sometimes i consider self-teaching toward a goal like being a quant, but then i remember that that world is not for me. im not insanely greedy so its not a big deal. and though my enterprise work now is boring, there are several things on the horizon that seem much more promising & appealing than finance. i am accumulating skills & enjoying having room in my head for other thoughts. i don't work in the startup world because i haven't encountered anyone with compelling ideas but i suppose thats where people like me are destined to end up.... i stay sharp & am confident that i could code a mini-enterprise in a year, once i find the right idea.


What areas of statistics would you say are the important ones? Obviously, having a excellent grasp of probability is a must, but what about other things? If I were a statistics major, what courses would you say are most important? It seems like things like regression analysis would be much more important than experimental designs, no?


The only reason I listed machine learning is that it is the trogan horse that gets programmers to learning stats.

Ah, that makes perfect sense.

To me, the appeal of machine learning is that it's challenging and respected enough that programmers doing it get the autonomy to work in any subfield of computer science, from the high level to the low. If you're a data scientist and you say you want to use Clojure or Haskell (a high-level concern) or that you want to do GPU programming or dive deep on assembly (low-level work) you can. Machine learning, 10 years ago, was extremely appealing because software managers were figuring out that they needed it, but most admitted they knew little about it, so they gave a lot of autonomy to individual contributors. (That may change, and "data science" may become thoroughly commoditized.)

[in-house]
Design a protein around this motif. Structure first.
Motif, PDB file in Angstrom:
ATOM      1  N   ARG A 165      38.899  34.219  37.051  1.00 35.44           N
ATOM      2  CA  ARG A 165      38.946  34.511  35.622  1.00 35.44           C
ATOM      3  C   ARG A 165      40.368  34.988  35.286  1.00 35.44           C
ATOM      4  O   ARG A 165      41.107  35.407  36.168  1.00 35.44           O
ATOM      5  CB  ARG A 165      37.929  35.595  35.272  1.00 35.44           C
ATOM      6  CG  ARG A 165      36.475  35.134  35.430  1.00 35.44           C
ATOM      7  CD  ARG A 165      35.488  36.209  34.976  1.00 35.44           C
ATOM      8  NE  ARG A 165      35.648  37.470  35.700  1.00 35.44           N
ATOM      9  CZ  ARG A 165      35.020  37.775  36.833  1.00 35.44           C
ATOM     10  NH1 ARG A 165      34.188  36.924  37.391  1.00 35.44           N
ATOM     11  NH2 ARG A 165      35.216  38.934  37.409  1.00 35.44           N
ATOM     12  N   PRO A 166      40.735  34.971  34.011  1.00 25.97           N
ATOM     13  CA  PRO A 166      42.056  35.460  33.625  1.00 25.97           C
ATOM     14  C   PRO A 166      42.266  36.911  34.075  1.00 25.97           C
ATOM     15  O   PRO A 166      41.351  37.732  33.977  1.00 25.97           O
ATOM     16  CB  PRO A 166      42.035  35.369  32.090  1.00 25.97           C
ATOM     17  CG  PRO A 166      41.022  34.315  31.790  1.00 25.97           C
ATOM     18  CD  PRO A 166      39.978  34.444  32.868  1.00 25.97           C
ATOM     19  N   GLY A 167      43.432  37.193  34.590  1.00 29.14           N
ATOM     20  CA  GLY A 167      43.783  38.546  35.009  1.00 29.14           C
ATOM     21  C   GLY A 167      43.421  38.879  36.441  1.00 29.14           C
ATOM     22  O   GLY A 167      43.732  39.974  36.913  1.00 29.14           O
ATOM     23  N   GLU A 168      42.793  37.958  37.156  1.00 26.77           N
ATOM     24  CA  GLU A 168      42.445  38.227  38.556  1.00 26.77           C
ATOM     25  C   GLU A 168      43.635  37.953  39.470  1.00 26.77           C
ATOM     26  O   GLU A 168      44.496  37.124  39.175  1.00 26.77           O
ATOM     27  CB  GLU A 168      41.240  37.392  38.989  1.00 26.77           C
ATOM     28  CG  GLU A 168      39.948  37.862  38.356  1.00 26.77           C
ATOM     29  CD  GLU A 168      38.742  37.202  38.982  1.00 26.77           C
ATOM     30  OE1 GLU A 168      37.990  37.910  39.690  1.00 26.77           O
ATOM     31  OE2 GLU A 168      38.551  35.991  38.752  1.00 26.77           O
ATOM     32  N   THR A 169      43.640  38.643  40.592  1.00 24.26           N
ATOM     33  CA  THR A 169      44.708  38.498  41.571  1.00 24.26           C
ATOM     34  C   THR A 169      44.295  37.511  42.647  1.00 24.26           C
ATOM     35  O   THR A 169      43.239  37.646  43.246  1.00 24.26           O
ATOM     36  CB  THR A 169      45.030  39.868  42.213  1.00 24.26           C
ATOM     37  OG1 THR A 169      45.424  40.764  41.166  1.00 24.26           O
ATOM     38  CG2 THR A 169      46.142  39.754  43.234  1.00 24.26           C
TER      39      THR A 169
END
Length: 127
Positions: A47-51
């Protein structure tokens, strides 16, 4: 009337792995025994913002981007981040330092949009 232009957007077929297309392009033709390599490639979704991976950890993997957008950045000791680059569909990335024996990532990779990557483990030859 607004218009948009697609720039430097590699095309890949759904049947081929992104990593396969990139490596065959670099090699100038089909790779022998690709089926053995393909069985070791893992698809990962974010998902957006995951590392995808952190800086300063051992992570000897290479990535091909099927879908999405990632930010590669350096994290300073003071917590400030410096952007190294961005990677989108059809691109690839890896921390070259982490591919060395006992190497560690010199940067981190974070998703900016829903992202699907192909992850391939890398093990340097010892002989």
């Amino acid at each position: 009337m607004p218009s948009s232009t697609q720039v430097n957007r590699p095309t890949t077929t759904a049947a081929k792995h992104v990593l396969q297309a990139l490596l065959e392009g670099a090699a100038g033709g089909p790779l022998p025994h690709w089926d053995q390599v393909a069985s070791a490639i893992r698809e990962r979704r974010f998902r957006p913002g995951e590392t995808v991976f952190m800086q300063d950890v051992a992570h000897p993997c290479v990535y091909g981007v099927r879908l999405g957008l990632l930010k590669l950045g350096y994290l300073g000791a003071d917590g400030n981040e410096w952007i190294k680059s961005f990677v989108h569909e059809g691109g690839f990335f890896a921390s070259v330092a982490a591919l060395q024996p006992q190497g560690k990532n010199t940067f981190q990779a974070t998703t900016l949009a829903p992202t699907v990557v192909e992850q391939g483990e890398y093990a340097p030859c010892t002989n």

It's the Fundamental Theorem of Employment: you're usually hired either to do (a) something your boss can't do for himself or (b) something he doesn't want to do. With (a) you get respect and autonomy and high pay; with (b) you get treated like a commodity. "Data scientist" (or software "architect" vs. "engineer") is, often, a programmer who's managed to learn enough of "the hard stuff" to move himself over to (a). It's the (b) category of engineers who get stuck on "Scrum teams".

I feel like some of the crowding of "data science" (and, as you noted, not all of the "data scientists" know what they're talking about) comes from the way that "Agile"-style micromanagement has made the rest of programming so braindead. There are people like me who enjoy the hard mathematical aspect, but others who've just learned that if they call themselves "data scientists" they get more interesting projects and don't have to munch on Scrum tickets. For them, the math is an impediment rather than a challenge and an attraction.

I mentioned the deep dive into the machine learning techniques as unfortunately most of the programmers I meet who call themselves data scientists, just aren't very good at stats.

There's a depth vs. breadth problem, because machine learning is a much, much bigger field than many people think. I've gone pretty deep on penalized regressions (e.g. ridge and Lasso with large numbers of features) but know only the basics about tree-based models. I can read the papers on neural network architectures (e.g. convolutional nets) and implement them, and I understand the theory that led to them, but I still lack some of the intuition (like why rectified linear units are more useful in image processing than regular logistics).

I feel like there are some people who pick up a lot of vocabulary and interview well (but not with you, because you actually know the field) but are really just playing around with parameters. I like the math, but "data science" is mostly bullshit and I hope the term will die; I want to see more machine learning and less business pomposity.